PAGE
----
Environmental and Molecular Mutagenesis (EMM) Editor's Choice - June 2013
The Editor's Choice for May is “Catalase has a Key Role in Protecting Cells from the Genotoxic Effects of Monomethylarsonous Acid: A Highly Active Metabolite of Arsenic” by Jorge G. Muniz Ortiz, Kathleen A. Wallace, Fabian Leinisch, Maria B. Kadiiska, Ronald P. Mason, and Andrew D. Kligerman.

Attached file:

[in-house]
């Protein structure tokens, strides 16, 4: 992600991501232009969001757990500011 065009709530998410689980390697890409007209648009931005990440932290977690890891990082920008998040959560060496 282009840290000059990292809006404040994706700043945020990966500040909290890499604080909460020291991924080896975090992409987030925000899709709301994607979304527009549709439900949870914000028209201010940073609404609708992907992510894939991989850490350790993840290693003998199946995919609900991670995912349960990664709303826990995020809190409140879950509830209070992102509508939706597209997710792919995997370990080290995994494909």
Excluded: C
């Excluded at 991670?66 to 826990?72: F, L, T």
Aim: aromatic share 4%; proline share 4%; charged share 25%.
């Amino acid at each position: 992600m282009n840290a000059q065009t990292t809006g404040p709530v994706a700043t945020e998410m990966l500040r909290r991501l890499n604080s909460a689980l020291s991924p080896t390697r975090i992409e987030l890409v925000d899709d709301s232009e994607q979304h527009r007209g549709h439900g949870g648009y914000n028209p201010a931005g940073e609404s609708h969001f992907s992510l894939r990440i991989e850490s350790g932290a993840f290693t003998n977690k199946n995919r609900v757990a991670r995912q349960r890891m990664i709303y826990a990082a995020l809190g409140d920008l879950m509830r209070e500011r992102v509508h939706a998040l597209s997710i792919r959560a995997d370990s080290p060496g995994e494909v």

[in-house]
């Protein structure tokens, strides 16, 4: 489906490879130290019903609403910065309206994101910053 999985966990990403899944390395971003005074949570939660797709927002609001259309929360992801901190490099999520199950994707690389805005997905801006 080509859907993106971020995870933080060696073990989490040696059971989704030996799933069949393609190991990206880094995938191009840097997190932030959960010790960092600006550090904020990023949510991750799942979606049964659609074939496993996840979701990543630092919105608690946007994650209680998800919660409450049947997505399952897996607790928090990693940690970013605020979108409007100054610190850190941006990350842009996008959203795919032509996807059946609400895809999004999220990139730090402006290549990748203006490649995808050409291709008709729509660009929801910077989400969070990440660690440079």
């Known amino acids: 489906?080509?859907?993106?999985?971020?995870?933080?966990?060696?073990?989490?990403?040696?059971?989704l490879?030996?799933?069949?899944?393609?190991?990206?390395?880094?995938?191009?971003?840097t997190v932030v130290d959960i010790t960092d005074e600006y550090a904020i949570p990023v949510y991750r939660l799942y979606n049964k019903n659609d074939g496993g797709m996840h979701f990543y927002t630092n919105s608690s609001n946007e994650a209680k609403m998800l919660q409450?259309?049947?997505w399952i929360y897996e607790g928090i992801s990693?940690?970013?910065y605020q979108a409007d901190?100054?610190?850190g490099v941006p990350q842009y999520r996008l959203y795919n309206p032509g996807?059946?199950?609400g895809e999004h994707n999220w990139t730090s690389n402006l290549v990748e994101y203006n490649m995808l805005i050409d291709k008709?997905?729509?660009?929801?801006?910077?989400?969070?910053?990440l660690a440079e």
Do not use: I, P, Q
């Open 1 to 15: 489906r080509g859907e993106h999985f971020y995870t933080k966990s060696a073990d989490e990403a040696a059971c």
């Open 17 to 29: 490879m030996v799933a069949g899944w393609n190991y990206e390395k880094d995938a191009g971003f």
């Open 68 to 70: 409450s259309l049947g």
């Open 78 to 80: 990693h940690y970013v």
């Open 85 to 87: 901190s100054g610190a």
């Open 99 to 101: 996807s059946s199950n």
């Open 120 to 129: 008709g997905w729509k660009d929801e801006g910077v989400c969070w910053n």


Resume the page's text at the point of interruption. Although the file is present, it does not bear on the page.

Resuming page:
Inorganic arsenic is considered to be one of the most potent carcinogens in our environment, and exposures to arsenic can result in cancer years later. Arsenic is found naturally in water, air, plants and animals, and unexpected high levels of arsenic were reported for rice. While arsenic has been known to be a human carcinogen for many years, there are still questions as to mechanisms of action. Dr. Kligerman and colleagues have been studying mechanisms of arsenic toxicity for many years and have previously reported that one of the key metabolites of arsenic, monomethylarsonous acid (MMAIII), will produce chromosome breaks and chromosome number changes in mammalian cells. In the present work the authors have found that genetically modifying levels of the enzyme catalase influences MMAIII genotoxicity; eliminating catalase leads to increased levels of DNA damage. These studies emphasize the importance of oxygen free radicals in arsenic toxicity, which in turn improves our understanding of the potential mode of arsenic carcinogenicity. Their work also supports the hypothesis that measuring individual variations in catalase activity might provide a biomarker of individual sensitivity to arsenic. Environ. Mol. Mutagen. doi: 10.1002/em.21780. © 2013 Wiley Periodicals, Inc.